Making a date with science
Science communication is all about explaining science, and how scientists work, to audiences that wouldn’t normally be drawn to the subject. But all too often, science journalism targets audiences that are already turned on to science, so it is refreshing to see a piece of work that will draw in other audiences while continuing to make some serious points.
This was achieved last weekend in a Sunday Times piece by Charlotte Hunt-Grubbe on the use of DNA tests for assessing romantic compatibility. I think the story strikes a good balance between being based around a subject of wide interest (who isn’t interested in finding the perfect partner?), and communicating the science and its implications. Although the general tone of the article is light-hearted, it covers some serious issues. How should scientists balance the open publication of their findings for scrutiny by the scientific community, with the more stringent confidentiality needs of commerce? How can we be sure our genetic data won’t be misused? The blend works well and the science is accurate (and supported by experts). I am sure many people who wouldn’t normally read a science article have read this and have learned some science important for their life. They have also learned something about the way science operates and interfaces with society which is important too and rarely covered in the mainstream media. Definitely worth a read.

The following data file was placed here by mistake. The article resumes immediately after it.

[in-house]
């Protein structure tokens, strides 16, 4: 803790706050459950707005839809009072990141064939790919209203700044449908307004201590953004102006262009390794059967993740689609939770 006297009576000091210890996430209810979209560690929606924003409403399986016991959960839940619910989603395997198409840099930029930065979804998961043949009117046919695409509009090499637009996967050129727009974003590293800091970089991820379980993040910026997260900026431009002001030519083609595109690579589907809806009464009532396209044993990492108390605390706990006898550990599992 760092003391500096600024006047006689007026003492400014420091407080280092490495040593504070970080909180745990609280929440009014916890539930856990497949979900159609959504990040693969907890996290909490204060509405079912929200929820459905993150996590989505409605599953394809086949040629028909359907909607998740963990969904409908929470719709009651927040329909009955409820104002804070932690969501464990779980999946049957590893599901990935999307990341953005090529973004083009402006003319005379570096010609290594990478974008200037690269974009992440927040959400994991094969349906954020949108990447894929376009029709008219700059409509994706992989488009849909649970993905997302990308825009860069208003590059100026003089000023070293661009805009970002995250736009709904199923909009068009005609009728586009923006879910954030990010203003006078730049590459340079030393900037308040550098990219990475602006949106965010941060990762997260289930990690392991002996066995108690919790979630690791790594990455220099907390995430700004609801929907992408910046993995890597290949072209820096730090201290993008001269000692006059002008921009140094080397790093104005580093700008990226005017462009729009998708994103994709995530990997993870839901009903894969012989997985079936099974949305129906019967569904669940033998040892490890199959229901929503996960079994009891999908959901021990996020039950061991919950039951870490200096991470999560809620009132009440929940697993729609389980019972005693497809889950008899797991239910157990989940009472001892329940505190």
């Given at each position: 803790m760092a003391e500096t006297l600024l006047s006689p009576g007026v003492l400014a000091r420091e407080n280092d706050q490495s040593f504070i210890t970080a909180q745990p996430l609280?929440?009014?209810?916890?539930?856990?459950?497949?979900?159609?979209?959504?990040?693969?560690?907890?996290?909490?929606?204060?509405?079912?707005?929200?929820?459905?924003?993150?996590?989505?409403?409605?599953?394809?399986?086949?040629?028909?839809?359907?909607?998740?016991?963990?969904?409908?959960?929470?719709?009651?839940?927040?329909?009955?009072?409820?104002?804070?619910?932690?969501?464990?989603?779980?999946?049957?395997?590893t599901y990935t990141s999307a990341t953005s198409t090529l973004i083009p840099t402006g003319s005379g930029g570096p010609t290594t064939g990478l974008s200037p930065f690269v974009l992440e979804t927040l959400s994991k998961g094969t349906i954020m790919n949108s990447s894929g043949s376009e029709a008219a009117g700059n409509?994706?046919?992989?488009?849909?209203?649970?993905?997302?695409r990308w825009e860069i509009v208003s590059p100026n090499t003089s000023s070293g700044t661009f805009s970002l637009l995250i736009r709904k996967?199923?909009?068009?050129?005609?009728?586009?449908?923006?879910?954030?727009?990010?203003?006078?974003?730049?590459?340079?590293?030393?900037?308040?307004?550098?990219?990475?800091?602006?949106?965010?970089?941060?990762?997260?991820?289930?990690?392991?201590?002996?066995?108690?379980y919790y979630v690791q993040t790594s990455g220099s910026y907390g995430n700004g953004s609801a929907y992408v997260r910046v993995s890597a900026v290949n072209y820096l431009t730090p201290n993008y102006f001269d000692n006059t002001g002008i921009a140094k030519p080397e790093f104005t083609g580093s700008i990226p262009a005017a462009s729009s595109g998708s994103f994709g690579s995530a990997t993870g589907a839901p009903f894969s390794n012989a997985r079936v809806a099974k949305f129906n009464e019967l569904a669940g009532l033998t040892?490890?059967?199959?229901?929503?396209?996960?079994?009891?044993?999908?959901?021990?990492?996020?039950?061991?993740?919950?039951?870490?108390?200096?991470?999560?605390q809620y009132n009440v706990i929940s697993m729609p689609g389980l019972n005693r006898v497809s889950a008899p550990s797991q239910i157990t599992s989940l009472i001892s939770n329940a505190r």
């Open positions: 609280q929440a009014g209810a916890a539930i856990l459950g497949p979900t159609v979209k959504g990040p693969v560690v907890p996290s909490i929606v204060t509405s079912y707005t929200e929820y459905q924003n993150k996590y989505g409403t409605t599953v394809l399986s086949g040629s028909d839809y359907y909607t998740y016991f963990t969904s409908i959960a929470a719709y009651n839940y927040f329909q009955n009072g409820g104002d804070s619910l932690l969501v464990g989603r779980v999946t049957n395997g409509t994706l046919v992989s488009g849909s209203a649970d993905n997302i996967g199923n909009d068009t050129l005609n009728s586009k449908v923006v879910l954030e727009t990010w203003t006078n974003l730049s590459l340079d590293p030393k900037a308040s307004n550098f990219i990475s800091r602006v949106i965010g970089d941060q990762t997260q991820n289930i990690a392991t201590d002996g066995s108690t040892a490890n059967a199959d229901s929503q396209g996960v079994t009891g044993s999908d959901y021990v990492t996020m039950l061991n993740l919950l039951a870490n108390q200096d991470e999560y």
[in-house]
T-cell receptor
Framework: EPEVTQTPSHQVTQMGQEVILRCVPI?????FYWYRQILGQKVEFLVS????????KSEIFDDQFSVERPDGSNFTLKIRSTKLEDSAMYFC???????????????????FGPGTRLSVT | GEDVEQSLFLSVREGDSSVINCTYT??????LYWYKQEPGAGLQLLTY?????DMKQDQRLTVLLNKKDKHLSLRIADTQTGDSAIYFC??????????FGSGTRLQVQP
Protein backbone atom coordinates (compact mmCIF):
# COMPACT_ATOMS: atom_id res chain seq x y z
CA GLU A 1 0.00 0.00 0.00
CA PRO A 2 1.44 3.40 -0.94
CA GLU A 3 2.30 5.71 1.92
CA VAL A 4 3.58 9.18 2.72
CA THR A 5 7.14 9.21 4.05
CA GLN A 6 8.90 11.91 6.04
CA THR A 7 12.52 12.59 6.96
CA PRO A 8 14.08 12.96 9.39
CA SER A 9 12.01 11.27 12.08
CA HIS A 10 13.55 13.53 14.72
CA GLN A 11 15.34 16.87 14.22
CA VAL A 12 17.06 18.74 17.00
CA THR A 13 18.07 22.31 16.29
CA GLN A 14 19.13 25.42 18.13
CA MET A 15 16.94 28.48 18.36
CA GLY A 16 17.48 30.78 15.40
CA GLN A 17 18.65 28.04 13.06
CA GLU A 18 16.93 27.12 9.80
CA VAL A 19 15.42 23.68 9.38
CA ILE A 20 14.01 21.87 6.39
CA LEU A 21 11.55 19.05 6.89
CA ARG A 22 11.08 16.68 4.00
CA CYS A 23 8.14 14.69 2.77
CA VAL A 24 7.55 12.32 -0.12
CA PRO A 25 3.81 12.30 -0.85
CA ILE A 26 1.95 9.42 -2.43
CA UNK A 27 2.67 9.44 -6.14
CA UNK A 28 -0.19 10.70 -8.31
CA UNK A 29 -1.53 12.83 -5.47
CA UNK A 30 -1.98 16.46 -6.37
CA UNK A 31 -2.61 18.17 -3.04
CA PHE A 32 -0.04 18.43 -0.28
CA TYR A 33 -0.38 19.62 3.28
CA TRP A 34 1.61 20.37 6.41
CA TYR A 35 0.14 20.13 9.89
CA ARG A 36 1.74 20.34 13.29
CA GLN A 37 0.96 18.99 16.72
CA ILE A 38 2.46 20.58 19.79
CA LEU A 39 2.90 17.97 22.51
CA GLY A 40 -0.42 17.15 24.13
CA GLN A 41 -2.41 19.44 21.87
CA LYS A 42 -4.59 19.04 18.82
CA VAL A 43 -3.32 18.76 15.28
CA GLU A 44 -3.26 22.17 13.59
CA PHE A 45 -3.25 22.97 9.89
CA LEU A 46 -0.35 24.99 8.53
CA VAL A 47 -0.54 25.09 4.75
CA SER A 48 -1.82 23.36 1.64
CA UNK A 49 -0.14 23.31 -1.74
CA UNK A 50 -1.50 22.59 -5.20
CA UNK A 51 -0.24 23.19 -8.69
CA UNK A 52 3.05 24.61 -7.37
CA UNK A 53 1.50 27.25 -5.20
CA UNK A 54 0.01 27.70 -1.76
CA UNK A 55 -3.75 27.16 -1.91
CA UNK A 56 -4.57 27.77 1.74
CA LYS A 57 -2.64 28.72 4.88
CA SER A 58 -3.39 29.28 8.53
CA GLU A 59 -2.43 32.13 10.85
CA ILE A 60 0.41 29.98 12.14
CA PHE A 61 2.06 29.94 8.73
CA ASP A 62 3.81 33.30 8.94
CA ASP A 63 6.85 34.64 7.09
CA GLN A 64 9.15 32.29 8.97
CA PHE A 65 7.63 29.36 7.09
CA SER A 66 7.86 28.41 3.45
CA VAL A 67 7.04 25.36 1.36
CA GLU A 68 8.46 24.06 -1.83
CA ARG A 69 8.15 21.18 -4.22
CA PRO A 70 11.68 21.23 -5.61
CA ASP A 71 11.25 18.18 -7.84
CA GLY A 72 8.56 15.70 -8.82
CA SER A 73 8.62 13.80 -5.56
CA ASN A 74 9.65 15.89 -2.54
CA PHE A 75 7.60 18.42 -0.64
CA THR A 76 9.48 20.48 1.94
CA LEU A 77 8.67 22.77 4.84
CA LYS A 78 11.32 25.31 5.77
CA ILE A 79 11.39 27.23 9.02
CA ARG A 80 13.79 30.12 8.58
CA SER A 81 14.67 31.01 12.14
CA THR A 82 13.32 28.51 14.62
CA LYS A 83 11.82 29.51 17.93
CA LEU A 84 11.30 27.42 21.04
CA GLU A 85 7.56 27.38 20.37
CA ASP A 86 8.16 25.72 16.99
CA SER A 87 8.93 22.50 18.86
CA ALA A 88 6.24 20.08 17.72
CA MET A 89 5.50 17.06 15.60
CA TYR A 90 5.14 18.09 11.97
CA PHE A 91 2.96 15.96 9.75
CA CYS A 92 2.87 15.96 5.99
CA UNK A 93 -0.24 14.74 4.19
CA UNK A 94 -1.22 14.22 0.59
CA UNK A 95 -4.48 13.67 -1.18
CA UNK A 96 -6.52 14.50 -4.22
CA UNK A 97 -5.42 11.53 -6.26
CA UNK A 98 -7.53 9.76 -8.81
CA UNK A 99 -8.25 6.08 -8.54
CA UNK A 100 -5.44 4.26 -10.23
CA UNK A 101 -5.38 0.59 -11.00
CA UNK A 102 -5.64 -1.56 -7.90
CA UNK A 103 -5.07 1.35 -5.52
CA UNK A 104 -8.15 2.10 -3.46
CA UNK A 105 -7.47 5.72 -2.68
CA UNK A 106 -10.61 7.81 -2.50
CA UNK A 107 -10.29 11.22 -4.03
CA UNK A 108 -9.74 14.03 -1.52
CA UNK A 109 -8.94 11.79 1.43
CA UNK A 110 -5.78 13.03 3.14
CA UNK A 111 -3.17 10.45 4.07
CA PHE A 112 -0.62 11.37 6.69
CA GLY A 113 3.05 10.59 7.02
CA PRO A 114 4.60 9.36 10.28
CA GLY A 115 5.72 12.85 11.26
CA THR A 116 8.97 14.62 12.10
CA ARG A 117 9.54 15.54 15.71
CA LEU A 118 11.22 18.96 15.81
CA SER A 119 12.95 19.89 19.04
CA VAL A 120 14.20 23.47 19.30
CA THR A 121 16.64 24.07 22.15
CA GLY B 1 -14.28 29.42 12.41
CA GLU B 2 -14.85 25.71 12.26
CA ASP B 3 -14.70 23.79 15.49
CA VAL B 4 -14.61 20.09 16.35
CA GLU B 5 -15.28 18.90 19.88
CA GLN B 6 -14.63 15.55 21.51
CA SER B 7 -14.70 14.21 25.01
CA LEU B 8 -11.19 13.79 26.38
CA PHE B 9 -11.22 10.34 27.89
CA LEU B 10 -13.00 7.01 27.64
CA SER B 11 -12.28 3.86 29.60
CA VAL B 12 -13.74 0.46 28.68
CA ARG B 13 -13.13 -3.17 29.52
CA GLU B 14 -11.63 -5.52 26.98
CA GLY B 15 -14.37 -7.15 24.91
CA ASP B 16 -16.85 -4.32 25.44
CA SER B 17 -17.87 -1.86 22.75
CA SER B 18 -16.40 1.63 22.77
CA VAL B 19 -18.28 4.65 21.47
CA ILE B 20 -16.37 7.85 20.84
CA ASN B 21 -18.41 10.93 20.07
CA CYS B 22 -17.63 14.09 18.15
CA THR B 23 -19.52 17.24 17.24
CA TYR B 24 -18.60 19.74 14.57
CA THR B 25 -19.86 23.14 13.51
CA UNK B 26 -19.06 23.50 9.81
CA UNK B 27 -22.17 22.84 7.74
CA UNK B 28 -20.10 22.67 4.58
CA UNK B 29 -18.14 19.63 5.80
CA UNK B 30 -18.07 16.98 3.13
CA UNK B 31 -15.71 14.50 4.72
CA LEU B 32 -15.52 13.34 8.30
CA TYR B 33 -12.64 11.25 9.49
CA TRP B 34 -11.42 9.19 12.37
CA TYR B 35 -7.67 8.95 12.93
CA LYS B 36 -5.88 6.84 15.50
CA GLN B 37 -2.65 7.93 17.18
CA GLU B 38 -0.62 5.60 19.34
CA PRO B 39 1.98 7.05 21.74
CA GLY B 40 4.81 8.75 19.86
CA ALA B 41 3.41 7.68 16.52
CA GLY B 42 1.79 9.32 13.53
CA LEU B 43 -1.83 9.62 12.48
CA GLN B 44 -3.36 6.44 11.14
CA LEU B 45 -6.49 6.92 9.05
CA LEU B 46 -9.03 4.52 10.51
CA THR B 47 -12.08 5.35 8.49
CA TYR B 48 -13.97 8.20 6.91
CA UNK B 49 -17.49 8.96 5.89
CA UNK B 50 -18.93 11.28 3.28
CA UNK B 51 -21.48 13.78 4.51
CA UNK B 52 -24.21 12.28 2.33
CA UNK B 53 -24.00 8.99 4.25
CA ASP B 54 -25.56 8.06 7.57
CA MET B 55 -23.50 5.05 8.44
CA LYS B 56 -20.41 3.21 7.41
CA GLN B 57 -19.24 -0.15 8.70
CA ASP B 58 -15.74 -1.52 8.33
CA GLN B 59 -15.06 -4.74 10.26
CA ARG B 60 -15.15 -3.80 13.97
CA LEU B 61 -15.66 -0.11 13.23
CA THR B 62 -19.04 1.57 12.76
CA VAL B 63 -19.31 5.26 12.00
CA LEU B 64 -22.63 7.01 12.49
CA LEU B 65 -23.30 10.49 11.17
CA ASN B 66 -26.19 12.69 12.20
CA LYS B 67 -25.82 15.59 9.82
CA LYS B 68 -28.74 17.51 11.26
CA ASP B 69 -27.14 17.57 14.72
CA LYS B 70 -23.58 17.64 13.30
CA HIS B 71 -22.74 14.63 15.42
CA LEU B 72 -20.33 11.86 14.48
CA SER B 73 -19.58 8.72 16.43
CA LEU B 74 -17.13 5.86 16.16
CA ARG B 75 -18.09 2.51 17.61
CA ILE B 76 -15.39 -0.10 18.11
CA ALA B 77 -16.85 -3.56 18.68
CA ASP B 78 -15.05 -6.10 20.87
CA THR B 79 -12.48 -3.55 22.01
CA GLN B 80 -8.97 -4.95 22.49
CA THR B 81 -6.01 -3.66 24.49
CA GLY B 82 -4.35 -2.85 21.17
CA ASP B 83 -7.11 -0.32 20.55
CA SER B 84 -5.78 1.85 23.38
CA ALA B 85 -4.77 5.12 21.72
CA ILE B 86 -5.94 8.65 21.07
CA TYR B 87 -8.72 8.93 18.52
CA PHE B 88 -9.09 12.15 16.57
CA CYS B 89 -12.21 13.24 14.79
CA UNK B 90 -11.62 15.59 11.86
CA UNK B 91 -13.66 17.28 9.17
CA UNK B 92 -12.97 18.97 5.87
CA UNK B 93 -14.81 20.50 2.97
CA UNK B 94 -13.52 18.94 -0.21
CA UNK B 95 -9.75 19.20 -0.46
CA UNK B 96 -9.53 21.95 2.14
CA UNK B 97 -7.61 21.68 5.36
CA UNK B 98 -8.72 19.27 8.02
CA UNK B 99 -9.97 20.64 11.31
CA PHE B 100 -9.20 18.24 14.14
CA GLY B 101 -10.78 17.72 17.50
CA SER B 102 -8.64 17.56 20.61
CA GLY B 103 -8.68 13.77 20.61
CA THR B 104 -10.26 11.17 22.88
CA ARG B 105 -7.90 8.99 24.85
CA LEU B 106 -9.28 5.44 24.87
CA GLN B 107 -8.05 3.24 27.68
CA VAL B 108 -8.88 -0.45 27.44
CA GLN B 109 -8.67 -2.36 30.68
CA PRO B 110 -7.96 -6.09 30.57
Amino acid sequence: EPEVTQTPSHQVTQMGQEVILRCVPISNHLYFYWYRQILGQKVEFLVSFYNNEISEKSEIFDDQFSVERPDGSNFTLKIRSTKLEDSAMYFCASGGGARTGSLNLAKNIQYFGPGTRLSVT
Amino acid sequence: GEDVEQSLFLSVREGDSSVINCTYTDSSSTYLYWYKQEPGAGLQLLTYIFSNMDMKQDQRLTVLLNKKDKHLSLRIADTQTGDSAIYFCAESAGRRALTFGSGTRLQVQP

© 2020 Steven Hill. Unless otherwise stated, this work is licensed under a Creative Commons Attribution 4.0 International License.